Distorting reality

The lies of real estate photography

When looking for honesty and integrity in real estate, all photographic truth becomes lost to colourful white lies. The images deemed acceptable range from absurd to phony.

Real estate photography hides characteristics, remove undesirable features and add fabricated backgrounds. Distortion of the truth is industry standard.

But as Australian buyers and renters get savvier, images could speak to them in a less condescending manner.

A ‘real’ home is something they crave. Besides, consumers are already mocking the way the real estate industry does things. It’s time to catch up.

Hyper-reality and editing

Is real estate the last industry to embrace some ‘realness’ in the wake of the digital photography explosion? Digital editing changed things so much that many industries moved to avoid over-editing. In real estate however, that false ‘perfection’ continues.

Buyers and renters still get fake blue skies, fluorescent sunsets and perfect white walls. When telephone poles are removed, they know the marketing is forged.

They just want to see the atmosphere of a home. They want photography to capture a feeling and a mood. They want to experience detail, character, doors and windows. They want to see how natural light falls into a home and see the true level of the finishes.

Incandescent twilight on elongated façades with neighbouring high-rises removed is not real-life as we know it.

The wider the better

The fascination with exaggerated width is especially magnified in inner-Sydney terrace homes.

There seems to be a belief that terraces must convey a false sense of size — exactly what a terrace house is not. Their redeeming features are historical attributes and the character found in materials from a bygone era.

Buyers are tired of the wide-angle lens. They just want to know how it might feel to be in the home, sitting on a couch, and not the corner. No one is delivering that perspective.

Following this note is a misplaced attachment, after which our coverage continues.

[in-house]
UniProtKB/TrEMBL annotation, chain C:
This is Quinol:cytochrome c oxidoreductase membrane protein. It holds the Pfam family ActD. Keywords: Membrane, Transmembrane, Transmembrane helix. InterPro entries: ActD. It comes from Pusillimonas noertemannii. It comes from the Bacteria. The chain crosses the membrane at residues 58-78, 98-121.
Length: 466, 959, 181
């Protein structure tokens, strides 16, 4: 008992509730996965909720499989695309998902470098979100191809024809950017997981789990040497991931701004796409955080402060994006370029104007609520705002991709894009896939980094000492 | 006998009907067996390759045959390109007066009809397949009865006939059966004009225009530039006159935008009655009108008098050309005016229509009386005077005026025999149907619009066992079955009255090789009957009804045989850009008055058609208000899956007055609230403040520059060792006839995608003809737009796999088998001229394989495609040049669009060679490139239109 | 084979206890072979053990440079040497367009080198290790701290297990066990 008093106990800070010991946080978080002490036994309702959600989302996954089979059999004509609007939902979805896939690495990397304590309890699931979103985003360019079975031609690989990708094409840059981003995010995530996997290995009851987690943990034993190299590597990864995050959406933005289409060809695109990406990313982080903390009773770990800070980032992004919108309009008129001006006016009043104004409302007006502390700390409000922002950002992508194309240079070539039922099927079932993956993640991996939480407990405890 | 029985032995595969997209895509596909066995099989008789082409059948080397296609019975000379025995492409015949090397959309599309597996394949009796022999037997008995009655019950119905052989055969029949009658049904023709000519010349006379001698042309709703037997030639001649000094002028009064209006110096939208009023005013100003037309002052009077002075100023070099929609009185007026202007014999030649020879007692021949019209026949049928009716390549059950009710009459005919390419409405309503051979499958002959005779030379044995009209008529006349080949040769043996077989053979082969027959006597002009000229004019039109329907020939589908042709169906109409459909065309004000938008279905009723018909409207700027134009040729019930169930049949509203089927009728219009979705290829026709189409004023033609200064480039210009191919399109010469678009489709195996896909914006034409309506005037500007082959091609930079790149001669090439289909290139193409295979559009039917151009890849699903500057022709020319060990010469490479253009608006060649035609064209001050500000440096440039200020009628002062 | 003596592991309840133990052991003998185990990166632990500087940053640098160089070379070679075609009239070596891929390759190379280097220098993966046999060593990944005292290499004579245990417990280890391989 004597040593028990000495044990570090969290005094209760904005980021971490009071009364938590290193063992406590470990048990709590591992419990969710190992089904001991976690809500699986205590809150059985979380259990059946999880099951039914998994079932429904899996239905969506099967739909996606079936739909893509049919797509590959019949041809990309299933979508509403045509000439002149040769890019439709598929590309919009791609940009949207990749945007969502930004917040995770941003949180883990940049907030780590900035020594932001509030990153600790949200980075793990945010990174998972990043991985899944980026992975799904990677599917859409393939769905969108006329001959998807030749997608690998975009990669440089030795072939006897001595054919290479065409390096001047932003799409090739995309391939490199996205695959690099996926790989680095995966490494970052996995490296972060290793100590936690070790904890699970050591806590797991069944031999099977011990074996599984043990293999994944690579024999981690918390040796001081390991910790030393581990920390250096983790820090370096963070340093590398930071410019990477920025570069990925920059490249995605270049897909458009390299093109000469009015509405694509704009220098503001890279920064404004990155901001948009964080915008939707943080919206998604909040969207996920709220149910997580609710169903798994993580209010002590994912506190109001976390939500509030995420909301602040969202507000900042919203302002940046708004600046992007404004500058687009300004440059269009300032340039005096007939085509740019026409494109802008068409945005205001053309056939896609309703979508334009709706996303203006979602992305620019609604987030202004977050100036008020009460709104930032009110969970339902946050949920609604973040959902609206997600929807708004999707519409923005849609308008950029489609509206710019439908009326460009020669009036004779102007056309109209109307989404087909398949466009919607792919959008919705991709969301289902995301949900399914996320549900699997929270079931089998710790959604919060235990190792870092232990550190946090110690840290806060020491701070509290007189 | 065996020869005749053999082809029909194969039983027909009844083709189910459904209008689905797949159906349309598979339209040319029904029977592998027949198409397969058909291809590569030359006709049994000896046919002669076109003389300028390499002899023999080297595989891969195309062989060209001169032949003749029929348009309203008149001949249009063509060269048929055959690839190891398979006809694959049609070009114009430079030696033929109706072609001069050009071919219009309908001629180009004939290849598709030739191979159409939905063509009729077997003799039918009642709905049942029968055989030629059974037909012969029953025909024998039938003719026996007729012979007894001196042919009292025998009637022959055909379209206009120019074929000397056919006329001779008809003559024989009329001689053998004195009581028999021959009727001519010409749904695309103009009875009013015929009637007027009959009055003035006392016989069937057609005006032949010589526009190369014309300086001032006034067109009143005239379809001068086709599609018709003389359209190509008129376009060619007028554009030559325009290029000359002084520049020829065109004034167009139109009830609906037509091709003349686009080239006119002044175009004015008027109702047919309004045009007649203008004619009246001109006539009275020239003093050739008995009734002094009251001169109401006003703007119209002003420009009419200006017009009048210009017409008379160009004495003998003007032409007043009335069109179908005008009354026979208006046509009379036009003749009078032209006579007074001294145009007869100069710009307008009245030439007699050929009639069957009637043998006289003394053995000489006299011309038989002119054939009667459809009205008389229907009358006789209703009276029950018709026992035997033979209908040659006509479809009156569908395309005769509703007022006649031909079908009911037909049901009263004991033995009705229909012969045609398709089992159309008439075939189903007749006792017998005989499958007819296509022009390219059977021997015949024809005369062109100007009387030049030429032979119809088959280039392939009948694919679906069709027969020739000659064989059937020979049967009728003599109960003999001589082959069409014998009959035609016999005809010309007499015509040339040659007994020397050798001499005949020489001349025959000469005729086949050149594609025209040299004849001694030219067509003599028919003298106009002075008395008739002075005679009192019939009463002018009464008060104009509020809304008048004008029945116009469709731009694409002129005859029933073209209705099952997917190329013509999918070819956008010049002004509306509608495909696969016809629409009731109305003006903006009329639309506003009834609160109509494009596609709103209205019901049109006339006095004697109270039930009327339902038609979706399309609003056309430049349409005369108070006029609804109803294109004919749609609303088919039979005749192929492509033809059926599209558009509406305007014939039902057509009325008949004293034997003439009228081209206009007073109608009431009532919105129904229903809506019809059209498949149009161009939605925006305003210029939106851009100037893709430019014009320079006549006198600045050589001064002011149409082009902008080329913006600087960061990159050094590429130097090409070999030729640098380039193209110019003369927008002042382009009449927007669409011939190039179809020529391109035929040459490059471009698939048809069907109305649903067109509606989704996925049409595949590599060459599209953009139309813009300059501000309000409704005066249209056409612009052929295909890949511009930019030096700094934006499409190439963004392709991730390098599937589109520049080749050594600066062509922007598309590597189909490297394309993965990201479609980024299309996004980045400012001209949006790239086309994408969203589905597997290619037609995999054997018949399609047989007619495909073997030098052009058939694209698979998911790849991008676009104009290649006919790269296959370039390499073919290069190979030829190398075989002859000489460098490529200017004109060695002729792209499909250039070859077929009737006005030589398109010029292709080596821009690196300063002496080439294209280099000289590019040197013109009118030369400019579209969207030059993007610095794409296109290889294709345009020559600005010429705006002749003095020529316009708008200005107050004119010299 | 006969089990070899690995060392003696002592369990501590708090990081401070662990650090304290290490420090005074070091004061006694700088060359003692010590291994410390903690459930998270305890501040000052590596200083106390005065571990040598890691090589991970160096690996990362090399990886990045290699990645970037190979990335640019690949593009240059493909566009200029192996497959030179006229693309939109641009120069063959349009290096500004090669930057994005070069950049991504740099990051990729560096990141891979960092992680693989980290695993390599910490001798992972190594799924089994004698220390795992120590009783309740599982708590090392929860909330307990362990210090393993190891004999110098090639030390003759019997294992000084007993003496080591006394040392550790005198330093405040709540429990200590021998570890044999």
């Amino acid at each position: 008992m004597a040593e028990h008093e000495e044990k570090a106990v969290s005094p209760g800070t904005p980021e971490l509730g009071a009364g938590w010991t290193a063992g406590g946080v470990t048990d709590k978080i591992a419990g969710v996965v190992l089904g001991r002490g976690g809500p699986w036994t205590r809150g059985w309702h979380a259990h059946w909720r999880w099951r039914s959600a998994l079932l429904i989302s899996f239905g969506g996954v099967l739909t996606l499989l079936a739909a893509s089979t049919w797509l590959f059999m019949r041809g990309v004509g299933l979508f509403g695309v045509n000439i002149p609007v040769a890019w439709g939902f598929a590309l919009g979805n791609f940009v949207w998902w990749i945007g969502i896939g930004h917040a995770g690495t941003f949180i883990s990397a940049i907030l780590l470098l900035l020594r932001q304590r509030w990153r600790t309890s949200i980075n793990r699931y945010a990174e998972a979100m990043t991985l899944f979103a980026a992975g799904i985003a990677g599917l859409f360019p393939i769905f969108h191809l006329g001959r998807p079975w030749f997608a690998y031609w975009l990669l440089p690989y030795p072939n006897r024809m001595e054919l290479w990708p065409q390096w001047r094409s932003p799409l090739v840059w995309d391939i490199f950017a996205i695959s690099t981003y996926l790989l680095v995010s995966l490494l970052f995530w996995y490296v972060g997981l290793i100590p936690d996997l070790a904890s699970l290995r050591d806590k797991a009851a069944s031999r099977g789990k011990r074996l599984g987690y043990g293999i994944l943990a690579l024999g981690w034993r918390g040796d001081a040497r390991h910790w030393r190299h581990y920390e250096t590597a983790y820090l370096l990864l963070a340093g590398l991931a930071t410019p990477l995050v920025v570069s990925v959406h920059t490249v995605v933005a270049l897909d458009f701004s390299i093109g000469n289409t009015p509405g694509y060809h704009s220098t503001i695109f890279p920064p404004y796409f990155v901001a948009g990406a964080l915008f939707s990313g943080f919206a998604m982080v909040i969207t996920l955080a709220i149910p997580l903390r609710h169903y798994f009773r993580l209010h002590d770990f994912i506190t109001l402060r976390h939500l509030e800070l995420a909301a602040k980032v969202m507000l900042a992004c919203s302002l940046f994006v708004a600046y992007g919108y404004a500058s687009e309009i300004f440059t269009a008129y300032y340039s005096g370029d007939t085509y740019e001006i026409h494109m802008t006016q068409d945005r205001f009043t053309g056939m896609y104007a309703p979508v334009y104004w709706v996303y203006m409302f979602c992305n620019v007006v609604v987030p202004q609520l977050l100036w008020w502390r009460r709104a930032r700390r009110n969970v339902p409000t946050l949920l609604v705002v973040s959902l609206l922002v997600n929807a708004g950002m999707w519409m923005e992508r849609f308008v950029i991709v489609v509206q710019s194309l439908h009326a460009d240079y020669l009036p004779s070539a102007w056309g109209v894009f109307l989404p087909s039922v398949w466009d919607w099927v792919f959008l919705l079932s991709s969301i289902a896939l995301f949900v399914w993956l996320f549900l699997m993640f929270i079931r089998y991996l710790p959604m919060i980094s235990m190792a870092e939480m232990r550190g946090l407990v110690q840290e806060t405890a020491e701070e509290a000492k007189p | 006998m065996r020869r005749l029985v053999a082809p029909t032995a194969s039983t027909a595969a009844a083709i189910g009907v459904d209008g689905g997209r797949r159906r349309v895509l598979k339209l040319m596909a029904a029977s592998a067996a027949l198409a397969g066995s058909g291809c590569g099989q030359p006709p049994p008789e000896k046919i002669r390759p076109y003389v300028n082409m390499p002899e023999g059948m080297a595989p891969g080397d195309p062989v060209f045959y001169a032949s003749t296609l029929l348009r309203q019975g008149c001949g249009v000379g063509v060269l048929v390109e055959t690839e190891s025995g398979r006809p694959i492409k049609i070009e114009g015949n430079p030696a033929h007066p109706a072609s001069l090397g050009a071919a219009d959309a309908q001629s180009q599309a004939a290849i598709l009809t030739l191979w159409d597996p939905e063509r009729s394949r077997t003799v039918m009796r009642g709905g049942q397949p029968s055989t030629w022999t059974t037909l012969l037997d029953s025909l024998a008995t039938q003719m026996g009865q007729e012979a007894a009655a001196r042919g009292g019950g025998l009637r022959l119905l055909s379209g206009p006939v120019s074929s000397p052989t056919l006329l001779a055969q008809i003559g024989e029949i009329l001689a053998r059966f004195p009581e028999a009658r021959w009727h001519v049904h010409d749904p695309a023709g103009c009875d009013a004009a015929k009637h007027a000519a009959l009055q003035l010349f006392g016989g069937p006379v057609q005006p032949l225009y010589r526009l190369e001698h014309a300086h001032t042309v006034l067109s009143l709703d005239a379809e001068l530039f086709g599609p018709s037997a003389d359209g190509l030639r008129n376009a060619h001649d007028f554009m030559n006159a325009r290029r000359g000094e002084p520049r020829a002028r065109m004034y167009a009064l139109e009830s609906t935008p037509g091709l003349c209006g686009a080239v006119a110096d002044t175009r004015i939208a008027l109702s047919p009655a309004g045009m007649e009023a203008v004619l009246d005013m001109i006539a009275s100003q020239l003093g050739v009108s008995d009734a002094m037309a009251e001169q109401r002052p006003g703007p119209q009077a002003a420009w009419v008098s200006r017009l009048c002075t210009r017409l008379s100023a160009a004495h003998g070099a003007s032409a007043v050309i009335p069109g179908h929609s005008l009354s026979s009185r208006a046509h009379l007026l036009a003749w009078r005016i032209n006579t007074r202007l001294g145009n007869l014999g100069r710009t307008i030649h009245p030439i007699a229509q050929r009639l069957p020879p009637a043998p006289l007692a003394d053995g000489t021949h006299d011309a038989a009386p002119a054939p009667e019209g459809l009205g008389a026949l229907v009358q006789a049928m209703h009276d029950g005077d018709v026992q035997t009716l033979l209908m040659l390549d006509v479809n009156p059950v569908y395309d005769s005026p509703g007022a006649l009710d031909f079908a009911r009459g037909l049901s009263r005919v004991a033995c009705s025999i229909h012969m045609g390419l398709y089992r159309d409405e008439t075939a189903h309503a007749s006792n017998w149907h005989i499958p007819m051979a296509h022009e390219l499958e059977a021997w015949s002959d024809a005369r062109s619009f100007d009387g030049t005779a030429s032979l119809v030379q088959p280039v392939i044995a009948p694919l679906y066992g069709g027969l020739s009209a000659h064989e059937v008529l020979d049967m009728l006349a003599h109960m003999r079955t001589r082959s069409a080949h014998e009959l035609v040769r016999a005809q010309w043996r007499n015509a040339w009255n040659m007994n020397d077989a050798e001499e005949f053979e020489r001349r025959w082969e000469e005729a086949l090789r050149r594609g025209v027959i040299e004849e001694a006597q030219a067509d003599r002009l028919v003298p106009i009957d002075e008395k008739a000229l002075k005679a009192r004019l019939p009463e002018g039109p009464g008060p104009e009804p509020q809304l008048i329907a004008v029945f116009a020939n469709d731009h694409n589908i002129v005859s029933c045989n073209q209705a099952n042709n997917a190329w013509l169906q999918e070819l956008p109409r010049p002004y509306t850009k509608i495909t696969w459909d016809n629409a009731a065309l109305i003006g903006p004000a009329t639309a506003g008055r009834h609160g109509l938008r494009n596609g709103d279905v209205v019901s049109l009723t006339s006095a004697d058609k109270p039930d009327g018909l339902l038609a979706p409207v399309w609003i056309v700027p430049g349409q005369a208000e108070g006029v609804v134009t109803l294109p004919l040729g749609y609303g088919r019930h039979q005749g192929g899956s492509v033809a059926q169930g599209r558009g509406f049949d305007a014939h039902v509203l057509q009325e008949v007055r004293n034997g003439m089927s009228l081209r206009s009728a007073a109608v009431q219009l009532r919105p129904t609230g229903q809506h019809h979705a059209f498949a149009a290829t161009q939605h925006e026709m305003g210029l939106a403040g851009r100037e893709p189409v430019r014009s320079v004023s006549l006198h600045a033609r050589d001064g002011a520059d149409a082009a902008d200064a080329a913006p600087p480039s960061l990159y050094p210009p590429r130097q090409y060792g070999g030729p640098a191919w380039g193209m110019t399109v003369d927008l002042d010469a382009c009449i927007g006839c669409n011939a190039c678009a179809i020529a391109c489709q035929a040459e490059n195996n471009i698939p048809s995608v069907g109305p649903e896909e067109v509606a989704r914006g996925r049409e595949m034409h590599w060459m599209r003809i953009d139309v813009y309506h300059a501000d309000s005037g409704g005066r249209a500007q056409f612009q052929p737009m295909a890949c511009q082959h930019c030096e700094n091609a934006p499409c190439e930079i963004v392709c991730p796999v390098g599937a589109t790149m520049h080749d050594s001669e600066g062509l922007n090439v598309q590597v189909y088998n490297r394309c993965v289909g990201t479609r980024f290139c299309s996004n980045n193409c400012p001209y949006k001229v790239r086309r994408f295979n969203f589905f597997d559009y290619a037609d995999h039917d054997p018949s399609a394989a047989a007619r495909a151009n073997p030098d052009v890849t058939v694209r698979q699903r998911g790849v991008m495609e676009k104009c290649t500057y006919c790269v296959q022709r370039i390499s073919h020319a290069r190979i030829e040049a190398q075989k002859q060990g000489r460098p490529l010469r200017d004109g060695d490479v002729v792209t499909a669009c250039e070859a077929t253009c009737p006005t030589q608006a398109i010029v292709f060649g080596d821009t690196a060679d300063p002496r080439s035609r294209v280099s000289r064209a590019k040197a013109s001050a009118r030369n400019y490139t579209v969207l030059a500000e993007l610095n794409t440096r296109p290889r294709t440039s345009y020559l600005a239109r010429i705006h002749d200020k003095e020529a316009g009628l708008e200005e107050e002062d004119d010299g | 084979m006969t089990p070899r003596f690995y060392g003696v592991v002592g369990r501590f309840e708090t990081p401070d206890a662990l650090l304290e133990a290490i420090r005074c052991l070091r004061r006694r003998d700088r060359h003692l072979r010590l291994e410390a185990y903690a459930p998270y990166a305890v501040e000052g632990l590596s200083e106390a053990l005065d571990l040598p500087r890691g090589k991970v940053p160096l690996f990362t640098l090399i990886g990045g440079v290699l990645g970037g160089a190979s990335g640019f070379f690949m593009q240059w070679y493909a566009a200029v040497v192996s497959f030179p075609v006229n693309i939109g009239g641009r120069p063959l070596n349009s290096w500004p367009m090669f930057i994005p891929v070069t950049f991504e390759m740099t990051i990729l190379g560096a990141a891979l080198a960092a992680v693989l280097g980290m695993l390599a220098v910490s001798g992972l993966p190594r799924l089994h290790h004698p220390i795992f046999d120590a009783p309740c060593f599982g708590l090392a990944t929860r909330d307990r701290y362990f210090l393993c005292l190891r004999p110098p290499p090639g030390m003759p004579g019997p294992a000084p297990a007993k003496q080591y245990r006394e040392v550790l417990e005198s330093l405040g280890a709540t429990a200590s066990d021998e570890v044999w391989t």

Outside, there is a fear of capturing terraces in their natural environment — the streetscape. Vendors don’t want adjoining homes to undervalue an asset or distract from the property on show. Sometimes, that star of the show is, dare we say it, ‘not as photogenic’ as vendors believe. So buyers are forced over to Google Maps where the photos are deceptively worse.

A view to an overkill

Views are one of the most over-hyped assets in Sydney real estate. In turn, buyers and renters hanging off a balcony to see that same view are the most frustrated. And rightly so.

If there’s a glimpse of the Harbour Bridge, somehow the entire bridge is presented. In every Bondi Beach listing, viewers are assaulted with the same picture of Icebergs Pool.

A listing could simply present a view for what it is – a secondary point that creates romance and mood within a living space.

Celebrate don’t hide

When a home needs an obvious makeover, real estate listings get curiously defensive. The poor ‘renovators delight’ is lucky to get a façade shot and a floorplan.

Why hide obvious blemishes and misgivings? These are the exciting elements that buyers seek.

Surely the best way to capture the emotion of a property is through intimacy. At the moment, that might go against the typical real estate agent view that ‘more is better’.

However, real estate is a unique asset class where buyers form emotional bonds with an investment. And isn’t honesty the key to a successful relationship?

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